Tuesday, 31 July 2012

96/111 - Rip It Up by Richard Wiseman

I bought this book also very recently, as it was new and on offer, and I have wanted to read some of Richard Wiseman's stuff for a while now, but have never gotten around to buying any of it. I was also quite interested in some of the ideas that it explored.

This book is part self-help and part pop-psychology, and it was really interesting and also quite difficult for me to grasp because it turns quite a lot of ideas about our behaviour and the way we feel on its head. Ordinarily, most people will go about their lives thinking that the way they think influences the way they behave and the way they feel. For example, if you want to feel happy, think happy thoughts, imagine yourself as a happy person and visualise yourself as happy, and then it will follow that you become a happy person. However, what Richard Wiseman is suggesting is that the opposite is true. If you want to be a happy person, then behave like one. If you act happy, with a spring in your step, and smiling to yourself (even if you don't feel happy) then it will follow that you feel happy and become happy.

For me, this was quite difficult to get my head around because it seems quite unnatural and even a little false. I'm not sure that I could go around smiling even though I'm not happy in order to feel happy. However, the experiments that Richard Wiseman references all show that this can be acheived. He calls if the 'as if' principle. As in, if you behave 'as if' you're happy/confident/sexy/in love/powerful, THEN you will feel that way. So you have to ACT in that way. As an example, he says that if you want to feel more confident and powerful, then act as if you are already that way. Stand up straight, clench your fist for resolve, keep your chin up and look people directly in the eye. If you behave in this way (or in a way to would think a confident person behaves) you will then feel more confident as a result. He also uses the example of actors in films who have to act as though they are in love, and then end up getting together/having affairs in real life.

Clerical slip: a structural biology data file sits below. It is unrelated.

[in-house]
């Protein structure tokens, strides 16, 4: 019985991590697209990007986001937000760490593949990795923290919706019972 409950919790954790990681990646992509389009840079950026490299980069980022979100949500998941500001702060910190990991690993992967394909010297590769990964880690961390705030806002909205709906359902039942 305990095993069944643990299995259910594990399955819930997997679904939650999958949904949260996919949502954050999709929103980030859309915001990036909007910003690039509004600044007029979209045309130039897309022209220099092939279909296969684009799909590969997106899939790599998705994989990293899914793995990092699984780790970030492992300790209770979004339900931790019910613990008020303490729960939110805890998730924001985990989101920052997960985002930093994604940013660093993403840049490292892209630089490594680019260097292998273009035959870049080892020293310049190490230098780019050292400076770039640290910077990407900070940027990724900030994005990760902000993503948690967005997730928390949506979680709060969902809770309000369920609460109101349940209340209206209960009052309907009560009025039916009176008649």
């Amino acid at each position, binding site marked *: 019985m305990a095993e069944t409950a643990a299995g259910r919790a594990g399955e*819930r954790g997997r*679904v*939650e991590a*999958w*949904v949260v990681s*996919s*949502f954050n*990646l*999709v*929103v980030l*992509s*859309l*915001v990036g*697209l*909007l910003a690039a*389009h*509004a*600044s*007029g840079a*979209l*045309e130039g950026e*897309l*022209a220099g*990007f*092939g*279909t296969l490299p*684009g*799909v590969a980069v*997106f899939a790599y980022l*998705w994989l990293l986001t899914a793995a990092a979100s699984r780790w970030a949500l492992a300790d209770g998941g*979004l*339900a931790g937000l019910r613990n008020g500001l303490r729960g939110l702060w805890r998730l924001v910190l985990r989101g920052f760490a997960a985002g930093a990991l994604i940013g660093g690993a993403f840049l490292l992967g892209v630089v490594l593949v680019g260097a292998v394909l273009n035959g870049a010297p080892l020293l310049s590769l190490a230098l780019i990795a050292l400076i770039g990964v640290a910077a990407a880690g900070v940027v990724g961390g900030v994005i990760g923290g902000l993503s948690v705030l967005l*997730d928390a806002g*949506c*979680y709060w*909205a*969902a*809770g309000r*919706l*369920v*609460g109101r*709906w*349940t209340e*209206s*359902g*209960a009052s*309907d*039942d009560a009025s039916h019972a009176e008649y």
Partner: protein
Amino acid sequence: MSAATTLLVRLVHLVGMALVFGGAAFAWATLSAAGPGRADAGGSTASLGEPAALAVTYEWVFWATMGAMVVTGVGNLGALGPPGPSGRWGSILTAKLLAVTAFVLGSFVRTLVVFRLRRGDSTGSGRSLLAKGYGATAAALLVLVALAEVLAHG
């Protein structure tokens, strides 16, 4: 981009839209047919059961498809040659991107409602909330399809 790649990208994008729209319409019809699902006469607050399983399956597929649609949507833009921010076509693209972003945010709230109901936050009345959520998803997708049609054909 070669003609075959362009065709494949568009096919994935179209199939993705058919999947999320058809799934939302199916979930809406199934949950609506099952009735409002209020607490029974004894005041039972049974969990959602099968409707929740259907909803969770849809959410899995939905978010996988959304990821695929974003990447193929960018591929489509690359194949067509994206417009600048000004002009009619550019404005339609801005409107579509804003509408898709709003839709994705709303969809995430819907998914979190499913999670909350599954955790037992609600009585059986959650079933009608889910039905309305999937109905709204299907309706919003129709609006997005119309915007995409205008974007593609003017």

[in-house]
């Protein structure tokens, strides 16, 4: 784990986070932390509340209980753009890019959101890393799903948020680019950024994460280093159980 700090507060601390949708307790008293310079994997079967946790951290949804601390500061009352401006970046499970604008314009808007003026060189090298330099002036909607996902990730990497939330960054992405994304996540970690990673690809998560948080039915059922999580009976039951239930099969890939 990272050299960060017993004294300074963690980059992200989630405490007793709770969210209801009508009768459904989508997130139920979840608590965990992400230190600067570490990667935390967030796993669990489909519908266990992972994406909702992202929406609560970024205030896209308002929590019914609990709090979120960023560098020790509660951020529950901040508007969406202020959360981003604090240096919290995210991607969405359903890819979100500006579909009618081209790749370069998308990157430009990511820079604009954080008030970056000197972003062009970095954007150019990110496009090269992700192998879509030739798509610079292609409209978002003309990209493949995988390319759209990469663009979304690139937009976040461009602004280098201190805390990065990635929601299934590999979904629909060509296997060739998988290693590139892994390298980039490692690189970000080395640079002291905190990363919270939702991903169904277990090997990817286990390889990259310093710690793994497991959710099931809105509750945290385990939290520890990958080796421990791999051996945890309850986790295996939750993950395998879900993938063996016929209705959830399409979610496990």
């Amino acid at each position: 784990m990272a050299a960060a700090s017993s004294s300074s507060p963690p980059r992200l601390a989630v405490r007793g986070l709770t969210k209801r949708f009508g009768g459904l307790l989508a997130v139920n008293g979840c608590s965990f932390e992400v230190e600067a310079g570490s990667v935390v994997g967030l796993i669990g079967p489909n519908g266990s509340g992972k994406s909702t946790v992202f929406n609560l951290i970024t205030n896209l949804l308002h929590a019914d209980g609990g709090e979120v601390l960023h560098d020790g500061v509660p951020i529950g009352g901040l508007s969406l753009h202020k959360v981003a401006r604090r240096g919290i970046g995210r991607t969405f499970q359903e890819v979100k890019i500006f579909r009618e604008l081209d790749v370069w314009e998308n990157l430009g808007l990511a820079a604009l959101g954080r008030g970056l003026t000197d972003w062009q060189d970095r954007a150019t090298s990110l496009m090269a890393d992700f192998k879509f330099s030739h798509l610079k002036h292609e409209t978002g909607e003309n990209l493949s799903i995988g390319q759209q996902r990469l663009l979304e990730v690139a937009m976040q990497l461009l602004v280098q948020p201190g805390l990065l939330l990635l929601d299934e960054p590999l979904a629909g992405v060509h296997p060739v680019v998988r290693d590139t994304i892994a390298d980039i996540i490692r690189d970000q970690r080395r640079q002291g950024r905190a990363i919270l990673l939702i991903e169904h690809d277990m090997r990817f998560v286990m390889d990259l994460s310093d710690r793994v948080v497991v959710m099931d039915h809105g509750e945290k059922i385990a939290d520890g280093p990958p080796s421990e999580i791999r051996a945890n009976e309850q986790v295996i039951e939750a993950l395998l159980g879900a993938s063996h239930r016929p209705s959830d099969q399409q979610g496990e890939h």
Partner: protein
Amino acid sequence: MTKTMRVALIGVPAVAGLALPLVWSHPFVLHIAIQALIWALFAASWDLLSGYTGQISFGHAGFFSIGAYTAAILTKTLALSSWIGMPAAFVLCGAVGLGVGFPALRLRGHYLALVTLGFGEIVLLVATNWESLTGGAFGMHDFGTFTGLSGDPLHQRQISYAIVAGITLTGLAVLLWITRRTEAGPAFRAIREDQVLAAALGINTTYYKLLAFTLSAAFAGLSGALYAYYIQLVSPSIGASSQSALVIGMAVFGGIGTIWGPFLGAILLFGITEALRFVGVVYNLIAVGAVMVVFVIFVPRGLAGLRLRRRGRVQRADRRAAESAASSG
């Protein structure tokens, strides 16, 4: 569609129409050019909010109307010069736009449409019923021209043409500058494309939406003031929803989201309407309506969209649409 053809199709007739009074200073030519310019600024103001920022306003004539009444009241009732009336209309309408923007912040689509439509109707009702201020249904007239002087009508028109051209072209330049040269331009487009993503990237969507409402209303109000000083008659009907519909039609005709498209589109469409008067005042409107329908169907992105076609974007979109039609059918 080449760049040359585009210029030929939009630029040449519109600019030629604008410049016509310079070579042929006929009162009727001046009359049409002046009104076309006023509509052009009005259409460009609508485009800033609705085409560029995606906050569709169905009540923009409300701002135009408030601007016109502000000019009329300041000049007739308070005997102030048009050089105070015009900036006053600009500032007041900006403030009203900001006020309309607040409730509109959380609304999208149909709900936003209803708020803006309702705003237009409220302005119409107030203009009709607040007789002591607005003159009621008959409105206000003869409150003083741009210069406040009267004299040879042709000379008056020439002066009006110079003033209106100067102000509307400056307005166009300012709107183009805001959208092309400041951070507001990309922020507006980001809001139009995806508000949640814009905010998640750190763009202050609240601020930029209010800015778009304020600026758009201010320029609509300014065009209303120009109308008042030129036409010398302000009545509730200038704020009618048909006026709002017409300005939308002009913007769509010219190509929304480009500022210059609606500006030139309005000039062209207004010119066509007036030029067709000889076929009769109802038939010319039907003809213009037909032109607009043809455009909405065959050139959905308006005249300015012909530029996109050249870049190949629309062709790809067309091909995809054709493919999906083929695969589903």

I found this idea really interesting, and in the book there is a series of exercises you can use to apply this principle to your own life. I'd like to try some of them to see if it does have an effect, because if so, then it's really fucking simple and you can create whatever personality/mood for yourself that you desire. However it also seems that it could be quite difficult. At one point, he talks about how we almost have two people within us. We have one which interprets the signs around us, and we have another person which makes up a narrative about those signs. For example, am I cold because I'm shivering, or am I shivering because I'm cold? It's really difficult to understand, however it's very tempting to take on board and try.

We'll see how it goes.

I found the historical parts more interesting than the self-help-y parts, mostly because I enjoyed reading about these ideas in practice and how they turned out for the people involved. Fascinating and confusing stuff.

Next: What I Do by Jon Ronson

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